After first appearing to concede that he was in the photo and apologize, Northam then said he does not be believe he is one of the men in the photo.
But after apologizing for allowing the photo to be published on his page, he compounded his problems by admitting that he darkened his face to impersonate Michael Jackson in a dance contest while serving as an Army doctor.
In his first interview since the scandal broke, with the Washington Post, Northam said he will not resign and would spend the remaining three years of his term working for racial reconciliation in the commonwealth. He also said he “overreacted” in quickly issued his initial apology that he later walked back.
Adding to the meltdown in Richmond was an admission by Attorney General Mark Herring that he wore blackface while impersonating a rapper when he was an undergraduate at the University of Virginia.
However, Democratic leaders have so far not bailed on Herring, which prompted the Republican Party of Virginia to accuse them of hypocrisy and giving the attorney general “a hall pass.”
“What is the difference between Governor Northam’s blackface and AG Herring’s?” said Jack Wilson, state GOP chairman, in a statement. “If there is no difference, shouldn’t Democrats call for both to resign?”
Wilson said Democrats were protecting Herring to maintain “their stranglehold” on state government. If Northam, Fairfax and Herring were to all depart, House Speaker Kirk Cox from Colonial Heights would take over as governor — flipping the office from Democrat to Republican.
However, that would only be possible if Northam left first. If he were still governor when Fairfax resigned, he could pick a replacement who would supplant Cox in the line of gubernatorial succession.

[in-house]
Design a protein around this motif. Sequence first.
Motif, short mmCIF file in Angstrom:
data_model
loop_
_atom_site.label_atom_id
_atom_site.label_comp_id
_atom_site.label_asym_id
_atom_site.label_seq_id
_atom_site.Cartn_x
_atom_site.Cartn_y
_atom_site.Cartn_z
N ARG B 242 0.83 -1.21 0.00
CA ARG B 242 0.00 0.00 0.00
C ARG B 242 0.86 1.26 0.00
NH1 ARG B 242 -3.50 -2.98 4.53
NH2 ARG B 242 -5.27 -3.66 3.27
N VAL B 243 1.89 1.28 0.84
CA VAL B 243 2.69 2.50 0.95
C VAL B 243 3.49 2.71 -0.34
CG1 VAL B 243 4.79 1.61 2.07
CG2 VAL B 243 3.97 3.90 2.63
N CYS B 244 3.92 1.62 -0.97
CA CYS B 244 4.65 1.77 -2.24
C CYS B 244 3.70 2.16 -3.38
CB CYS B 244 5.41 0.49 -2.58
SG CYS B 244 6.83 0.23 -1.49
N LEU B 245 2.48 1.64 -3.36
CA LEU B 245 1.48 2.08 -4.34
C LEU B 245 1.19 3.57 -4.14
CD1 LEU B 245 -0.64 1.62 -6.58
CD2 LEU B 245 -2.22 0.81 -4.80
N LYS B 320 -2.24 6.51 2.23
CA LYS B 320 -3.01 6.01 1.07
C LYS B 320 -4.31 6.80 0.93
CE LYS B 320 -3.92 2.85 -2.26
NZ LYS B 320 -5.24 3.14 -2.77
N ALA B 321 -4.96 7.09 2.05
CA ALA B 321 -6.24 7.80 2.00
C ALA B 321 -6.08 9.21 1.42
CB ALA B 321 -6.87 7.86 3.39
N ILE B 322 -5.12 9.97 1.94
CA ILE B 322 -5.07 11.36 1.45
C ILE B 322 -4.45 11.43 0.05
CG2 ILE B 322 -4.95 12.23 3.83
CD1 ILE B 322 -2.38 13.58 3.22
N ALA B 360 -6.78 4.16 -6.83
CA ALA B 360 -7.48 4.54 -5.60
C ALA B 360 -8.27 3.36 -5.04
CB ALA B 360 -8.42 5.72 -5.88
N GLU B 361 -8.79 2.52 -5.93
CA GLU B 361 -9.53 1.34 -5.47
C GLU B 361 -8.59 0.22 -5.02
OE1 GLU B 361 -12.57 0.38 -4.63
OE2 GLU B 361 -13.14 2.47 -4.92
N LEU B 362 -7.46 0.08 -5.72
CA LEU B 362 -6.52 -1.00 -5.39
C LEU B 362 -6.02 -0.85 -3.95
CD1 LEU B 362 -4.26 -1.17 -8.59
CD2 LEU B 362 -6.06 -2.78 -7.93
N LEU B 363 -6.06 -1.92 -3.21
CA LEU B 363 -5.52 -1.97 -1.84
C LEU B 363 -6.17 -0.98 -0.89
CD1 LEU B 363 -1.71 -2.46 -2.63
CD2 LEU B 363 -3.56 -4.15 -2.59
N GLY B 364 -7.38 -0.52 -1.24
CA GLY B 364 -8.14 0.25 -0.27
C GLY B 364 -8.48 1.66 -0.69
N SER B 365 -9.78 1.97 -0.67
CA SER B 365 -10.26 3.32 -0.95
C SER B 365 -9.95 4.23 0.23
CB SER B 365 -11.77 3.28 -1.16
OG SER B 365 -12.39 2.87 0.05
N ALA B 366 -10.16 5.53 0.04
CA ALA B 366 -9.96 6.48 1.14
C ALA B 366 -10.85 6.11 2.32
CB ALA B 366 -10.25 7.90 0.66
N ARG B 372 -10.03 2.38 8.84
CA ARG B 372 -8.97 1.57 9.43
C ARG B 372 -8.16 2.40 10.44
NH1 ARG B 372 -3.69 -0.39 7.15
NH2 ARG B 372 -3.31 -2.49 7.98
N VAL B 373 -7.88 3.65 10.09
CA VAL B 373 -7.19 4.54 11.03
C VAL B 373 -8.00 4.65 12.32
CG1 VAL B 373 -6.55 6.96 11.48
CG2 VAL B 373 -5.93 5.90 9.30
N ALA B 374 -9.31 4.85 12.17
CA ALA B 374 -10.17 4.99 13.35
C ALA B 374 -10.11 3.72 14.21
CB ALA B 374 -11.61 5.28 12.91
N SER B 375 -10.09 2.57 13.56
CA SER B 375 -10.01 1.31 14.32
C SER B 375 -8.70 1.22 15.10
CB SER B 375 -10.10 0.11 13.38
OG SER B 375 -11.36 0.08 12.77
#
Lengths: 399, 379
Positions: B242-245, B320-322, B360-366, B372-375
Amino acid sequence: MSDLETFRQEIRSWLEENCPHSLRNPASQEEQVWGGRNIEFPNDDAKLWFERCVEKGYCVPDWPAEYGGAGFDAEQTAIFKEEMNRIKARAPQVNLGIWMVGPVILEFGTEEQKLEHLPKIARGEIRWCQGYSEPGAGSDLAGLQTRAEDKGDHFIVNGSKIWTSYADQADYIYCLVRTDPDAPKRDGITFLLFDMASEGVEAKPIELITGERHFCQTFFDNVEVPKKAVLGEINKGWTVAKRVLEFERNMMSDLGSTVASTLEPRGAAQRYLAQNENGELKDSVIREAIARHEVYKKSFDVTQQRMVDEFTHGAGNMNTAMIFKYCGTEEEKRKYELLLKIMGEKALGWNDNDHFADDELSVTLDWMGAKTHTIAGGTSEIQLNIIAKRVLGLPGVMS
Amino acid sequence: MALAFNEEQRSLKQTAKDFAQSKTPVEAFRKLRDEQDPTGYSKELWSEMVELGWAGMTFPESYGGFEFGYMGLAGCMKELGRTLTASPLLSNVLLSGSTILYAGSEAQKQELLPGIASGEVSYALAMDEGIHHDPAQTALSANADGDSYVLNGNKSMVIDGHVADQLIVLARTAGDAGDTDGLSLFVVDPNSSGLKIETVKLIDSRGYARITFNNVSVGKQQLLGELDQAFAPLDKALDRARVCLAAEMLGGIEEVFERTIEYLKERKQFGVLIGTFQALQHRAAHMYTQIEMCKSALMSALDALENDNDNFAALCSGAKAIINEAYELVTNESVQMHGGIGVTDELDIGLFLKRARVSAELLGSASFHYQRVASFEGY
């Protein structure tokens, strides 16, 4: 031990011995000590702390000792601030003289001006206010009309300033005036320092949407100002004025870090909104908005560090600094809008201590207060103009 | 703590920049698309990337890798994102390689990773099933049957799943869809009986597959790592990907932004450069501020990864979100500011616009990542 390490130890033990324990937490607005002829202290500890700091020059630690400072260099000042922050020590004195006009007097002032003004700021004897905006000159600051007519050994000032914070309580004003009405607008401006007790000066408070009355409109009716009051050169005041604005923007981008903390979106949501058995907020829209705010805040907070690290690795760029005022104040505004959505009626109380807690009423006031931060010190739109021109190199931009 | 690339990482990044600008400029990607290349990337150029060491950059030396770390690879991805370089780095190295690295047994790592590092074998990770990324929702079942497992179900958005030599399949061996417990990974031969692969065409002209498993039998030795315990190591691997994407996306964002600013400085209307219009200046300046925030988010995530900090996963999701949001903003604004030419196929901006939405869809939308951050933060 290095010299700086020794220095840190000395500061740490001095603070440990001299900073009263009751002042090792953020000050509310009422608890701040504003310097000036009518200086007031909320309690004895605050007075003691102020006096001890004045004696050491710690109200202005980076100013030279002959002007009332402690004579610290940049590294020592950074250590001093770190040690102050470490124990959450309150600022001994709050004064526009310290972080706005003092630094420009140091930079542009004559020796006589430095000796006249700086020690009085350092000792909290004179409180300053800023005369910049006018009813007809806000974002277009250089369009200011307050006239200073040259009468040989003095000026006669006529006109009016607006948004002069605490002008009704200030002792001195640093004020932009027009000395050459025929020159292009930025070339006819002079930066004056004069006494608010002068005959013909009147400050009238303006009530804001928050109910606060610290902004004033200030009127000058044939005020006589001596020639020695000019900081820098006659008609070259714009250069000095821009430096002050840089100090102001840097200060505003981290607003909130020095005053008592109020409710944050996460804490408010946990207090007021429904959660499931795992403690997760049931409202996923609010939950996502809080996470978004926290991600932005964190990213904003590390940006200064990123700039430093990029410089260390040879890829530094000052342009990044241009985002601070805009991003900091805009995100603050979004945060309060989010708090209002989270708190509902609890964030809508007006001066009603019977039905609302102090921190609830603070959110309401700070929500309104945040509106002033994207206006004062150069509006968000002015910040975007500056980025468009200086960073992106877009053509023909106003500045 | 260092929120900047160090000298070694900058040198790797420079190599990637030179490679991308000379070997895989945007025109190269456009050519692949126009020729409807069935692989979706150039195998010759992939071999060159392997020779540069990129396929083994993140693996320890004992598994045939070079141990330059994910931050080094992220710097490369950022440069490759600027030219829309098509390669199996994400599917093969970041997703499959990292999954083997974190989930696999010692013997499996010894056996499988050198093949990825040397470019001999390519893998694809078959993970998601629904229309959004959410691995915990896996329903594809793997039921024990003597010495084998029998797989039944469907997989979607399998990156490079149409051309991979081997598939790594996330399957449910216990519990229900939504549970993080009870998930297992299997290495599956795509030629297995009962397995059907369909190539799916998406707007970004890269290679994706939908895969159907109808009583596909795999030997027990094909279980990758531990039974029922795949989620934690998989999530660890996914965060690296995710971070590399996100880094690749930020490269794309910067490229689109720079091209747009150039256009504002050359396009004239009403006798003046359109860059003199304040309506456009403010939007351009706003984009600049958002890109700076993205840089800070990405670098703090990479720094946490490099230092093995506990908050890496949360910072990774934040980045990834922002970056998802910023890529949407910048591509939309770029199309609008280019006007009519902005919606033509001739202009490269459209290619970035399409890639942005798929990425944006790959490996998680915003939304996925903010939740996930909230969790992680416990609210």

If Herring resigns, the legislature would pick his replacement if lawmakers in session; if not, then Northam would pick a replacement who would serve until the legislature reconvenes.
The current legislative session is scheduled to end on February 23.
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Meltdown in Richmond: 3 top Virginia Democrats all snared in crises over conduct
Woman claims lieutenant governor sexually assaulted her; attorney general admits to wearing blackface
♦By Rich Shumate, ChickenFriedPolitics.com editor
RICHMOND (CFP) — The turmoil in the top echelons of Virginia politics took a dramatic turn Wednesday, when a women publicly accused Lieutenant Governor Justin Fairfax of sexual assault and Attorney General Mark Herring admitted to wearing blackface as a teen, echoing a controversy already swirling around Governor Ralph Northam.
A little more than a year after Democrats swept to victory in all three statewide races, party leaders are reeling, as their three top state officeholders battle for political survival.
With Northam under pressure to resign, Fairfax and Herring are next in the line of succession to the governorship. Should all three be forced to depart, House Speaker Kirk Cox from Colonial Heights would take over as governor — flipping the office from Democrat to Republican.
The most serious charges have been raised against Fairfax, 39, a rising star in Democratic politics who was elected to lieutenant governor in 2017.
Vanessa Tyson, a political science professor in California, released a statement putting on the record her allegations against Fairfax, which were first published on a conservative website, Big League Politics, based on a private Facebook post.
Tyson said she decided to go on the record after Fairfax strongly denied the allegations, said the sex was consensual and threatened legal action against news organizations pursuing the story.